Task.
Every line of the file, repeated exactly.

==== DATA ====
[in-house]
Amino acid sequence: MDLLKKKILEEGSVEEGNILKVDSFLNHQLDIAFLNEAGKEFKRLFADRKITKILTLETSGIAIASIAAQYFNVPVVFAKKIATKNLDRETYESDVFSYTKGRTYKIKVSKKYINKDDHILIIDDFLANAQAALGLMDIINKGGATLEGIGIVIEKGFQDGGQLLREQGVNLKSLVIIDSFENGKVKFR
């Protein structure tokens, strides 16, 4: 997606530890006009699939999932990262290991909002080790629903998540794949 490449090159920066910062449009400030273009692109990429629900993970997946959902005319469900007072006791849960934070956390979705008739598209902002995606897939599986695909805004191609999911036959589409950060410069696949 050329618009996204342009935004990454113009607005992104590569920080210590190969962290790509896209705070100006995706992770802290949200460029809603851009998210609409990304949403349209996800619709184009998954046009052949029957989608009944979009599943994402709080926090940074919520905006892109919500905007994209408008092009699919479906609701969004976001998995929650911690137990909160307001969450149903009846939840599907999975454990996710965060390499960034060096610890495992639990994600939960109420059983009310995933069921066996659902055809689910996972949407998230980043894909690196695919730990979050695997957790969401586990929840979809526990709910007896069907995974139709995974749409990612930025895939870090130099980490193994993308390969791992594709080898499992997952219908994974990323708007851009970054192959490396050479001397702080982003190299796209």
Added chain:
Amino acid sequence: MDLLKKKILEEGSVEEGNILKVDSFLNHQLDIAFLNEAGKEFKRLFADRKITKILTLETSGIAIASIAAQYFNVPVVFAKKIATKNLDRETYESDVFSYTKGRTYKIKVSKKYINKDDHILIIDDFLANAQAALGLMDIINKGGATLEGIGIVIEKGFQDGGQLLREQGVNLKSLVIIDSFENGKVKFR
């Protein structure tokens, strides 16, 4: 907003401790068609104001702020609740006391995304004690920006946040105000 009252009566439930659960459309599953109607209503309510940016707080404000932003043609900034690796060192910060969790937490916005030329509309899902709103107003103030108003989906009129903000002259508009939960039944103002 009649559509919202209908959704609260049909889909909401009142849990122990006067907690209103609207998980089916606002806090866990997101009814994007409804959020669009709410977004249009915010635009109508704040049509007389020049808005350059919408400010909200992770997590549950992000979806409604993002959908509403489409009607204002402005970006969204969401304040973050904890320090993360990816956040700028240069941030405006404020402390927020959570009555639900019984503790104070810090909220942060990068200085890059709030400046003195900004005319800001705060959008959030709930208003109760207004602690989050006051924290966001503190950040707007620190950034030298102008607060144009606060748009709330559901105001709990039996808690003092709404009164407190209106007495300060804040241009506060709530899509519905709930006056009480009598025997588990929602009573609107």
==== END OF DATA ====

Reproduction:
[in-house]
Amino acid sequence: MDLLKKKILEEGSVEEGNILKVDSFLNHQLDIAFLNEAGKEFKRLFADRKITKILTLETSGIAIASIAAQYFNVPVVFAKKIATKNLDRETYESDVFSYTKGRTYKIKVSKKYINKDDHILIIDDFLANAQAALGLMDIINKGGATLEGIGIVIEKGFQDGGQLLREQGVNLKSLVIIDSFENGKVKFR
């Protein structure tokens, strides 16, 4: 997606530890006009699939999932990262290991909002080790629903998540794949 490449090159920066910062449009400030273009692109990429629900993970997946959902005319469900007072006791849960934070956390979705008739598209902002995606897939599986695909805004191609999911036959589409950060410069696949 050329618009996204342009935004990454113009607005992104590569920080210590190969962290790509896209705070100006995706992770802290949200460029809603851009998210609409990304949403349209996800619709184009998954046009052949029957989608009944979009599943994402709080926090940074919520905006892109919500905007994209408008092009699919479906609701969004976001998995929650911690137990909160307001969450149903009846939840599907999975454990996710965060390499960034060096610890495992639990994600939960109420059983009310995933069921066996659902055809689910996972949407998230980043894909690196695919730990979050695997957790969401586990929840979809526990709910007896069907995974139709995974749409990612930025895939870090130099980490193994993308390969791992594709080898499992997952219908994974990323708007851009970054192959490396050479001397702080982003190299796209």
Added chain:
Amino acid sequence: MDLLKKKILEEGSVEEGNILKVDSFLNHQLDIAFLNEAGKEFKRLFADRKITKILTLETSGIAIASIAAQYFNVPVVFAKKIATKNLDRETYESDVFSYTKGRTYKIKVSKKYINKDDHILIIDDFLANAQAALGLMDIINKGGATLEGIGIVIEKGFQDGGQLLREQGVNLKSLVIIDSFENGKVKFR
């Protein structure tokens, strides 16, 4: 907003401790068609104001702020609740006391995304004690920006946040105000 009252009566439930659960459309599953109607209503309510940016707080404000932003043609900034690796060192910060969790937490916005030329509309899902709103107003103030108003989906009129903000002259508009939960039944103002 009649559509919202209908959704609260049909889909909401009142849990122990006067907690209103609207998980089916606002806090866990997101009814994007409804959020669009709410977004249009915010635009109508704040049509007389020049808005350059919408400010909200992770997590549950992000979806409604993002959908509403489409009607204002402005970006969204969401304040973050904890320090993360990816956040700028240069941030405006404020402390927020959570009555639900019984503790104070810090909220942060990068200085890059709030400046003195900004005319800001705060959008959030709930208003109760207004602690989050006051924290966001503190950040707007620190950034030298102008607060144009606060748009709330559901105001709990039996808690003092709404009164407190209106007495300060804040241009506060709530899509519905709930006056009480009598025997588990929602009573609107």